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BC outfit Woodland Telegraph has returned with a brand new LP titled, screendeath summersong. A concept album about screen culture and the big-box landscape in and around the Cambridge­–K/W area, it’s also the band’s final release in a trilogy of Canadian landscape inspired records. For a taste, checkout “Pixelate”––it’s a beauty.   Juliete Jagger 

 

hh   “Woodland Telegraph, Matthew Lovegrove and a cast of collaborators, have released the final component in their multi-year odyssey to define and refine our relationship with nature. Screendeath Summersong is a departure, less obviously folk in nature, with the natural world presented in our relationships dedicated through technology.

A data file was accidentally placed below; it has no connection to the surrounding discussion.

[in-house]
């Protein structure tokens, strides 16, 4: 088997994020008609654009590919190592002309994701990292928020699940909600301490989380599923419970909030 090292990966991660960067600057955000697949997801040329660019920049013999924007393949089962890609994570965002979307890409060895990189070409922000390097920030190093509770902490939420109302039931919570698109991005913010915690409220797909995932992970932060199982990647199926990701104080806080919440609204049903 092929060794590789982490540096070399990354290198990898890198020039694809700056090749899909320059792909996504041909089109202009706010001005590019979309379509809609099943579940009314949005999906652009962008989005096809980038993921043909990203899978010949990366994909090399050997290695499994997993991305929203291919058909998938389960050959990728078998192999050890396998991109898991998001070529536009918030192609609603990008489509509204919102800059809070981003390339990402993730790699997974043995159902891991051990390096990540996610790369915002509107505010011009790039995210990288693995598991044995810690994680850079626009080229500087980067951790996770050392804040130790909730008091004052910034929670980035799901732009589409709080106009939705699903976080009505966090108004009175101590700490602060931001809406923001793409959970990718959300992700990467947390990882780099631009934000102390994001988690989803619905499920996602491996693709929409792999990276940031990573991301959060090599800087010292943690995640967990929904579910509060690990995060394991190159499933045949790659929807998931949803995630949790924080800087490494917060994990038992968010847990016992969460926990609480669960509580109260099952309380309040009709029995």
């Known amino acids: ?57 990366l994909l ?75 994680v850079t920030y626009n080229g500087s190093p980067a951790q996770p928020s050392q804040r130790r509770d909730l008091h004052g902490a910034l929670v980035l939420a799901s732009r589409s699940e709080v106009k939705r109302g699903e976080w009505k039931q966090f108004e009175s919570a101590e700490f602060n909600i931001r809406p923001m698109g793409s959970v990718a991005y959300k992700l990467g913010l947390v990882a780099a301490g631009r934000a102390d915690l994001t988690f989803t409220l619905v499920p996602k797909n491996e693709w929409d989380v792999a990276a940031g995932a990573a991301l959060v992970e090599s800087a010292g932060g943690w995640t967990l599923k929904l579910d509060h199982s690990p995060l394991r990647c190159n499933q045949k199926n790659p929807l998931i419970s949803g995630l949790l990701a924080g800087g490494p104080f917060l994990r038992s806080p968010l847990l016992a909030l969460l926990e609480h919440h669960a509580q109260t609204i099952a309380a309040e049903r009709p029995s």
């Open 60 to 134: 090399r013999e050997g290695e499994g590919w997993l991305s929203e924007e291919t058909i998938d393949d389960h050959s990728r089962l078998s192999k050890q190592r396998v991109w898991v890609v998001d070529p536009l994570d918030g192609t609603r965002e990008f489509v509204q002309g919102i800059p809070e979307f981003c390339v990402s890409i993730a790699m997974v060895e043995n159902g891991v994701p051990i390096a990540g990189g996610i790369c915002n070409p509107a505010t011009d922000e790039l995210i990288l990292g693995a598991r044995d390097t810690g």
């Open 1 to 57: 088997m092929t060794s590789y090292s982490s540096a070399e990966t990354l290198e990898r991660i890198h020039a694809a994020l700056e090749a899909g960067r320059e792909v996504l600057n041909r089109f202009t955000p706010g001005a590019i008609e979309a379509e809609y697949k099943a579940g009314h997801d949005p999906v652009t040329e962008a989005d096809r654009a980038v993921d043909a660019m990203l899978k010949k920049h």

Similar in spirit and conception to Shuyler Jansen’s recent The Long Shadow, Screendeath Summersong is ambitious in scope and execution. I’m certain I don’t grasp its philosophical motivation, but I do appreciate it as a recording project.

Unified in sound and vision, the fourteen songscapes reminds of a time when artists—be they David Bowie, Ohama, or Bauhaus—experimented with ambient qualities to construct mystical music that challenged, confounded, and enlightened. Similar to those artists’ recordings, the album works singularly as a forty-minute opus, as well as individual pieces encountered randomly. “Fighting For The Feeling,” a male-female duet, works most assuredly as a pop song, as does “Screens.” Instrumental interludes allow for aural set changes between pieces.

“Forests on the Edge of Factories” captures the push-pull duality of the natural and technological worlds we inhabit. As once XTC did, Woodland Telegraph hides introspection in rock n roll verse: we may not grasp the significance today, but eventually enlightenment will be revealed.